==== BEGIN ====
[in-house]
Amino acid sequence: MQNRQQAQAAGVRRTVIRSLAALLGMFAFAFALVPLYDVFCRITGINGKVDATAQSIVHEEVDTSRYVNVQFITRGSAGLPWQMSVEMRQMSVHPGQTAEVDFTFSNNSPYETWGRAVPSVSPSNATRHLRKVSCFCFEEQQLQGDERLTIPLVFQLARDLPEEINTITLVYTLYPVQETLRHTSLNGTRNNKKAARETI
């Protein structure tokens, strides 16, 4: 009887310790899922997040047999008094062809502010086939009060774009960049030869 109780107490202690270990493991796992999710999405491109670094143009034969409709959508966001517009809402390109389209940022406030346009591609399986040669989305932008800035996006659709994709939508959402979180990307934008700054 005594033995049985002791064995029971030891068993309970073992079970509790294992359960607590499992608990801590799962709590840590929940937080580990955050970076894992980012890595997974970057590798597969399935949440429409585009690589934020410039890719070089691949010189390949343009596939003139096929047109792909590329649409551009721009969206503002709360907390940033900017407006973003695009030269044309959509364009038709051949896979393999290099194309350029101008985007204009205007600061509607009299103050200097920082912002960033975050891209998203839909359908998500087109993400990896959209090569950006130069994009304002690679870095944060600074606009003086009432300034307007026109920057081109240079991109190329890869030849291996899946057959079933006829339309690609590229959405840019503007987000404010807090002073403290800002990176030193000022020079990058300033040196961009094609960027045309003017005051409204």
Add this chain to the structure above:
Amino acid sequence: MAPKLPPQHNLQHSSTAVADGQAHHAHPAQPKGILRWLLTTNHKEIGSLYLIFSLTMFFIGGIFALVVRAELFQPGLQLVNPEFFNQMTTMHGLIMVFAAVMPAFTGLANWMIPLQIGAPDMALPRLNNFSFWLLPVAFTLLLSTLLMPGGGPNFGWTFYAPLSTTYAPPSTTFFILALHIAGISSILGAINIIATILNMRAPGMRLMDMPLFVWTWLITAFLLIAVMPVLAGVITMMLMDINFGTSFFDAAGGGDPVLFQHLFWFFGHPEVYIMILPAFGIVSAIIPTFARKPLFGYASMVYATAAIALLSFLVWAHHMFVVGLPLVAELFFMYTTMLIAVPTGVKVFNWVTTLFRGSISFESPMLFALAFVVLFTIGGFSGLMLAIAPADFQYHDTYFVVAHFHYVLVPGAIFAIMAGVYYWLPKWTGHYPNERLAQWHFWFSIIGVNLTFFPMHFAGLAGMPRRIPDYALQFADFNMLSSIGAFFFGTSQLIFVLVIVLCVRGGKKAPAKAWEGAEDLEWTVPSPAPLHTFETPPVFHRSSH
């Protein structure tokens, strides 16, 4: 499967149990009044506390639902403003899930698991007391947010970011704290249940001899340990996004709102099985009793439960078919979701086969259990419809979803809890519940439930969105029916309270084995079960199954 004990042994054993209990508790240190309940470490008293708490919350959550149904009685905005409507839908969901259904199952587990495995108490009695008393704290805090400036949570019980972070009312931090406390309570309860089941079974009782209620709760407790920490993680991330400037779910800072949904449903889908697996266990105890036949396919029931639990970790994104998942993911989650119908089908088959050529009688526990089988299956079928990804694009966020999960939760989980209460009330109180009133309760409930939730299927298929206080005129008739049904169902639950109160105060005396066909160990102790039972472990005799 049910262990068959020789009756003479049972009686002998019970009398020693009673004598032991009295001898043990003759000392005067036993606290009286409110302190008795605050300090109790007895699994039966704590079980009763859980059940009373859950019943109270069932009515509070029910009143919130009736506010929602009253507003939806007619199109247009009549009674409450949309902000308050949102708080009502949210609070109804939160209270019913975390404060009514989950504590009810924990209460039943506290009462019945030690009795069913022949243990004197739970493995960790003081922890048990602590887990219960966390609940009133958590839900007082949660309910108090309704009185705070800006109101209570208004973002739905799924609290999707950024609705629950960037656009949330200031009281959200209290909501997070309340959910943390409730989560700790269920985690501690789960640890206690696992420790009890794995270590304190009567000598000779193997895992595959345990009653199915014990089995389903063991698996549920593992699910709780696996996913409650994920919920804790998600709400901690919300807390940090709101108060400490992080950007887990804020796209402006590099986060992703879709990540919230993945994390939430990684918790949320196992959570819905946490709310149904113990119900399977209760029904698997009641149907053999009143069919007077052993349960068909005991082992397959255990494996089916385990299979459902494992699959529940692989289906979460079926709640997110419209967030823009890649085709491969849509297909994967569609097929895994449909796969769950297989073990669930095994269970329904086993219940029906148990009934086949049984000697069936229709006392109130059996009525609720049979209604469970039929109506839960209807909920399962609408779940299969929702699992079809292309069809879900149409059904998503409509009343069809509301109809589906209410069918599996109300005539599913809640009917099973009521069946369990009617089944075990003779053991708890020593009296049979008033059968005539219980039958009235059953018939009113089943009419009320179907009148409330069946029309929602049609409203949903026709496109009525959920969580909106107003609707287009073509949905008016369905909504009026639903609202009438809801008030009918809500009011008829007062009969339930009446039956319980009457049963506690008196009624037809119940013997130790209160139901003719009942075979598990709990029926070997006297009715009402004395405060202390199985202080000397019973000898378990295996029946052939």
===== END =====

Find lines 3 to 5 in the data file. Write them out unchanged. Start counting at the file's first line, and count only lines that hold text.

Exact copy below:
């Protein structure tokens, strides 16, 4: 009887310790899922997040047999008094062809502010086939009060774009960049030869 109780107490202690270990493991796992999710999405491109670094143009034969409709959508966001517009809402390109389209940022406030346009591609399986040669989305932008800035996006659709994709939508959402979180990307934008700054 005594033995049985002791064995029971030891068993309970073992079970509790294992359960607590499992608990801590799962709590840590929940937080580990955050970076894992980012890595997974970057590798597969399935949440429409585009690589934020410039890719070089691949010189390949343009596939003139096929047109792909590329649409551009721009969206503002709360907390940033900017407006973003695009030269044309959509364009038709051949896979393999290099194309350029101008985007204009205007600061509607009299103050200097920082912002960033975050891209998203839909359908998500087109993400990896959209090569950006130069994009304002690679870095944060600074606009003086009432300034307007026109920057081109240079991109190329890869030849291996899946057959079933006829339309690609590229959405840019503007987000404010807090002073403290800002990176030193000022020079990058300033040196961009094609960027045309003017005051409204």
Add this chain to the structure above:
Amino acid sequence: MAPKLPPQHNLQHSSTAVADGQAHHAHPAQPKGILRWLLTTNHKEIGSLYLIFSLTMFFIGGIFALVVRAELFQPGLQLVNPEFFNQMTTMHGLIMVFAAVMPAFTGLANWMIPLQIGAPDMALPRLNNFSFWLLPVAFTLLLSTLLMPGGGPNFGWTFYAPLSTTYAPPSTTFFILALHIAGISSILGAINIIATILNMRAPGMRLMDMPLFVWTWLITAFLLIAVMPVLAGVITMMLMDINFGTSFFDAAGGGDPVLFQHLFWFFGHPEVYIMILPAFGIVSAIIPTFARKPLFGYASMVYATAAIALLSFLVWAHHMFVVGLPLVAELFFMYTTMLIAVPTGVKVFNWVTTLFRGSISFESPMLFALAFVVLFTIGGFSGLMLAIAPADFQYHDTYFVVAHFHYVLVPGAIFAIMAGVYYWLPKWTGHYPNERLAQWHFWFSIIGVNLTFFPMHFAGLAGMPRRIPDYALQFADFNMLSSIGAFFFGTSQLIFVLVIVLCVRGGKKAPAKAWEGAEDLEWTVPSPAPLHTFETPPVFHRSSH